According to the 2010 US Census Bureau, the average credit card debt per American cardholder was $5,100, while the average consumer debt (car loans, student loans, mortgages and credit cards) was $7,800 per person (not per family).
We are a country that lives outside our means.
We would rather have what we want, when we want it, than wait until we can afford it.
We would rather have the latest and greatest toys, than save money for an emergency.
We desire that new car, bigger house and the latest styles.
We want to keep up with the neighbors.
We want to go on that vacation, have that night out or buy that one thing that we know will make us happy.
We are obsessed with stuff.
And we are willing to take out a loan for it.
We go into debt for a new car.
We’ll take out a mortgage for a home.
We charged a combined $51 billion worth of fast food in 2006.
We take out loans for clothes, food, and toiletries.
We charge books, music, even entertainment and will be paying it off for months.
We devour everything we have, and still consume more.
“In the house of the wise are stores of choice food and oil, but a foolish man devours all he has.” Proverbs 21:20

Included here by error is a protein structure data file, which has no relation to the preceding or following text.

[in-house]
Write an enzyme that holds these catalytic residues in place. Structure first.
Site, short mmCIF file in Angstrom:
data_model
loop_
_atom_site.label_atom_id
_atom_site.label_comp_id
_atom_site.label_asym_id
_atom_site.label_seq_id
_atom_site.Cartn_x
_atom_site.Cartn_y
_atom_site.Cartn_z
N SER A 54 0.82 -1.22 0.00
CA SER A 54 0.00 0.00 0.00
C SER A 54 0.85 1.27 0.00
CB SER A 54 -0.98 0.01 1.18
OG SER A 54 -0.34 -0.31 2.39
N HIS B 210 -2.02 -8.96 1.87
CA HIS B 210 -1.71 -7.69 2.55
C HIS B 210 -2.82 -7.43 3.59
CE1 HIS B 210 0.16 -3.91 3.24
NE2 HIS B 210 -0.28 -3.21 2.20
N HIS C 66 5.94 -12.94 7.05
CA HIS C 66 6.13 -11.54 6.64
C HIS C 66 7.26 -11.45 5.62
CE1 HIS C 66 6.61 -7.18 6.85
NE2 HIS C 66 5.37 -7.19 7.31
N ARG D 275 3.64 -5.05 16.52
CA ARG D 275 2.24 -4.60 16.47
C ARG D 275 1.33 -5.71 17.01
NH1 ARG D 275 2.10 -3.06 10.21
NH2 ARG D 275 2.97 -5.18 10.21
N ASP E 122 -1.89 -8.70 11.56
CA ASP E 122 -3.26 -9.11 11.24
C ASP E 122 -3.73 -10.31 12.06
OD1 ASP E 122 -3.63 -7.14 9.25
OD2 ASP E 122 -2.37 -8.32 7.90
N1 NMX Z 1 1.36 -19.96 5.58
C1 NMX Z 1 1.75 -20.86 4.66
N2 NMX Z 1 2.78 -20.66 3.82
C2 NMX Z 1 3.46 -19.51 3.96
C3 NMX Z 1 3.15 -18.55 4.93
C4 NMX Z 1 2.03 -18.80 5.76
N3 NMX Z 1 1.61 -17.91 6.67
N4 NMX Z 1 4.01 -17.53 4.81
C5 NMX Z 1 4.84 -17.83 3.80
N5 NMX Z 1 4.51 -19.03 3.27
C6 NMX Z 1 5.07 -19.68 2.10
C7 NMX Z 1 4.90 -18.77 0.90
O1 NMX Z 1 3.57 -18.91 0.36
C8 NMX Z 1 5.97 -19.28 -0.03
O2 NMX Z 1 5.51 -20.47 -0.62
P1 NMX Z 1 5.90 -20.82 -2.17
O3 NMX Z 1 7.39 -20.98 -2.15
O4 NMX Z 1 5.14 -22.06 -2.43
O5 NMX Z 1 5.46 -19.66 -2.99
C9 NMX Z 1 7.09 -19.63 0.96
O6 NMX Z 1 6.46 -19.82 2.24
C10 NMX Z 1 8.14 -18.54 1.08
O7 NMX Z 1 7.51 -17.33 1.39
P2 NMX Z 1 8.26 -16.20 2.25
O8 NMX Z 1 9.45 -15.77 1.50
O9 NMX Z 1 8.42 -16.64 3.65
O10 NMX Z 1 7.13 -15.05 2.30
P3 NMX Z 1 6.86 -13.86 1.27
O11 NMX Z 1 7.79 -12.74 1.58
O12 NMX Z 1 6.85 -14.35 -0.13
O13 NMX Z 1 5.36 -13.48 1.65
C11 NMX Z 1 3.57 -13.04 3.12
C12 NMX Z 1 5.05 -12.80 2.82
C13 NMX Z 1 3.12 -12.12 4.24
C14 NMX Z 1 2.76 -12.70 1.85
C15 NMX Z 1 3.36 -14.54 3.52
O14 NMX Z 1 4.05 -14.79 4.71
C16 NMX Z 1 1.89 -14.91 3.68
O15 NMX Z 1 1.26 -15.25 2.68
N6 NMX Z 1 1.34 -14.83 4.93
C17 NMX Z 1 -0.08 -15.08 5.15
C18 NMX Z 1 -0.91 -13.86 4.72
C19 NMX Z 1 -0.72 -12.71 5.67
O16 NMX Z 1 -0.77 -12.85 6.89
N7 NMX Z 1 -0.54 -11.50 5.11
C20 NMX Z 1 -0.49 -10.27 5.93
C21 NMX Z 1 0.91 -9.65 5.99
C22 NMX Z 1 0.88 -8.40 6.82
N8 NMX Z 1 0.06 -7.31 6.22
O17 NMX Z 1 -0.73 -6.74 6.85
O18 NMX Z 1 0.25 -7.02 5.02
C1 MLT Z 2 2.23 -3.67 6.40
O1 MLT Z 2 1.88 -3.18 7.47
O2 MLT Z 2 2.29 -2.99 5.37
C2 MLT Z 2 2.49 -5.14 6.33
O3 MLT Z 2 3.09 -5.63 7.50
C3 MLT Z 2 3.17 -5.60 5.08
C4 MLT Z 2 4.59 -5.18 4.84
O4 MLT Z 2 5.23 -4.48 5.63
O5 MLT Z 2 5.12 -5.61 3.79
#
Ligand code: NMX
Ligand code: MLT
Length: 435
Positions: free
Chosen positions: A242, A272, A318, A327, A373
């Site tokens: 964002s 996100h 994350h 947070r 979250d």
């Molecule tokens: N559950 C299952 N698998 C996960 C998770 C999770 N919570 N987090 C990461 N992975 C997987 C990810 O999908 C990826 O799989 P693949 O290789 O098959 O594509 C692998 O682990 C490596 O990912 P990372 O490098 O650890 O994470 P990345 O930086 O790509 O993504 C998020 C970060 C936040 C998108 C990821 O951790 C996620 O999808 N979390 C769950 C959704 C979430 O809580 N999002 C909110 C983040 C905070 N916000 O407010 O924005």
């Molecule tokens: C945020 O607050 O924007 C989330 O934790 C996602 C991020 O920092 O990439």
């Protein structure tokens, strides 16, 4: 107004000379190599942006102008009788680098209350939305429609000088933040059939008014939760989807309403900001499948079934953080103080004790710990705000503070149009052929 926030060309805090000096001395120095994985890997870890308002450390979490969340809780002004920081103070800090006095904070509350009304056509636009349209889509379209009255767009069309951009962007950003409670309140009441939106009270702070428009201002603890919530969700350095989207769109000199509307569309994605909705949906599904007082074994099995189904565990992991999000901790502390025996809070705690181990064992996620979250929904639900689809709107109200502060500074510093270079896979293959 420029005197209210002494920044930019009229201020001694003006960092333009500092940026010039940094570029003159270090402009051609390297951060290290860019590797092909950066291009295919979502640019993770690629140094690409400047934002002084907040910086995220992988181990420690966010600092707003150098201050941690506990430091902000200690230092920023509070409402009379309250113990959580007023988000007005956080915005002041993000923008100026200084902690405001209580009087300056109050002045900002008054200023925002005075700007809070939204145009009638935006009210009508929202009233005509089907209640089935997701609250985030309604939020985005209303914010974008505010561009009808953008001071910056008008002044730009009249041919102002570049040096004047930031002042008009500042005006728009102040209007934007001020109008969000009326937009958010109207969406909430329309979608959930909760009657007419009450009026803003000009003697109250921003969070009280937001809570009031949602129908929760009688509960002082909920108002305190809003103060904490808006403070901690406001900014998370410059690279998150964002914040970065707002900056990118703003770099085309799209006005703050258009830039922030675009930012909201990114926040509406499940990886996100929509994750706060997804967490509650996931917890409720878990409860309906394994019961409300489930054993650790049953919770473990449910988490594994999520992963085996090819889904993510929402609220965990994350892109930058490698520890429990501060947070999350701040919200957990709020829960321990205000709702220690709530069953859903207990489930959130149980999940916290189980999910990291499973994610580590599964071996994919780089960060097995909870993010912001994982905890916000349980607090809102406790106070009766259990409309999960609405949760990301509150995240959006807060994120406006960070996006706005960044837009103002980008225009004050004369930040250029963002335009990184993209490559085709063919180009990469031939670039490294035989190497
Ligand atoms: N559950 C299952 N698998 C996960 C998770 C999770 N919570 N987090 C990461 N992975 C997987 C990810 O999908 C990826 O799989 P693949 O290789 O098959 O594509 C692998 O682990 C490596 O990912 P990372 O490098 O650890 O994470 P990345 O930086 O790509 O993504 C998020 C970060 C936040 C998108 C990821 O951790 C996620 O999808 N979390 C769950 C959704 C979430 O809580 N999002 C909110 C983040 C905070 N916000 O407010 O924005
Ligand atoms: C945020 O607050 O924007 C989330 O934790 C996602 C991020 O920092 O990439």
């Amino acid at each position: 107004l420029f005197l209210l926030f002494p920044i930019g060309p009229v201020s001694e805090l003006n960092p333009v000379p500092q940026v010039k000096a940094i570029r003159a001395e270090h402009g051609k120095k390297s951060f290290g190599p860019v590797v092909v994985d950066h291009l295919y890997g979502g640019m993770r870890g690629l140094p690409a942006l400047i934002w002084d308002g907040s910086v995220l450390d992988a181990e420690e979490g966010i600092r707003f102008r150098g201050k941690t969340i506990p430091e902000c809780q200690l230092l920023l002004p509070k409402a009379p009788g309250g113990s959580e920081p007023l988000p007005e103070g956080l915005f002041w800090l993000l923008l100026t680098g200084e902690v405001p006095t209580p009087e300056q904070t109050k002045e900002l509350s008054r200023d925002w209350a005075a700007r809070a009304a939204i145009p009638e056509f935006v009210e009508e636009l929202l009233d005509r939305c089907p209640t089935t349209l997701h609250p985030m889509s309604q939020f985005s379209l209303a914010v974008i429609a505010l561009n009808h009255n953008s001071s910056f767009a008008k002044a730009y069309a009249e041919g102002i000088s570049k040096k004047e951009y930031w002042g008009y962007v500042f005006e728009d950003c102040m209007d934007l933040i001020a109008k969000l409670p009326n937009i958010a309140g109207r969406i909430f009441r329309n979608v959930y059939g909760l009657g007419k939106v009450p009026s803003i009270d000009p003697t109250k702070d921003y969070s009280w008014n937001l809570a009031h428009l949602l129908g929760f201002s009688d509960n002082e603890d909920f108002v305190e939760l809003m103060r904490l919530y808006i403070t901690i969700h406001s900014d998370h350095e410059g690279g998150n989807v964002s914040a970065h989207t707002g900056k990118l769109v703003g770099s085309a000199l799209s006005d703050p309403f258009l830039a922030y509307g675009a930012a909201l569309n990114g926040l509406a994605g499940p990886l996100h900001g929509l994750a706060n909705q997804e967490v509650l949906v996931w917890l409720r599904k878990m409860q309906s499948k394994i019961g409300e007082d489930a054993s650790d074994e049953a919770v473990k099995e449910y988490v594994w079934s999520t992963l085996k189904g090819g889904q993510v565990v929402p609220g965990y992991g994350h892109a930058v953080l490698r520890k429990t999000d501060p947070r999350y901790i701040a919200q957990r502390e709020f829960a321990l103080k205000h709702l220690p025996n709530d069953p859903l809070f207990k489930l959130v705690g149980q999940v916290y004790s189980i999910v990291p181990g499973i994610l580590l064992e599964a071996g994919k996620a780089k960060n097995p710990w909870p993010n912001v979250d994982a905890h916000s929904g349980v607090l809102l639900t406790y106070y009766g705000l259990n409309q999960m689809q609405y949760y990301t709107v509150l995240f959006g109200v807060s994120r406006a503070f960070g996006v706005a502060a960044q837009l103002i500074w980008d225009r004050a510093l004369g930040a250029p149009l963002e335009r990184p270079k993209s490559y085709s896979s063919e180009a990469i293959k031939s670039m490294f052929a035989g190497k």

When we rack up debt, when we take out loans, when we continue to swipe our credit cards and choose to “pay for it later,” we become something no one likes.
Living outside our means will eventually catch up with us.
Swiping our credit card will eventually cost us.
Taking out another loan will eventually wear on us.
Every bit of debt we have robs from our future to feed our present.
It leaves us unable to pursue certain opportunities.
It dictates the job we have to keep.
It exposes us to further debt when an emergency arises.
It stifles our freedom, keeps us from following our dreams and produces unneeded stress in our lives.
And if we die in our debt, it gets passed on to our children.
A wise man learns to live within his means, saves up for the future and leaves an inheritance for his children and his children’s children.
It’s time to think beyond our own desires and begin financing the futures of those who come after us.
How had debt hindered you from moving forward in life?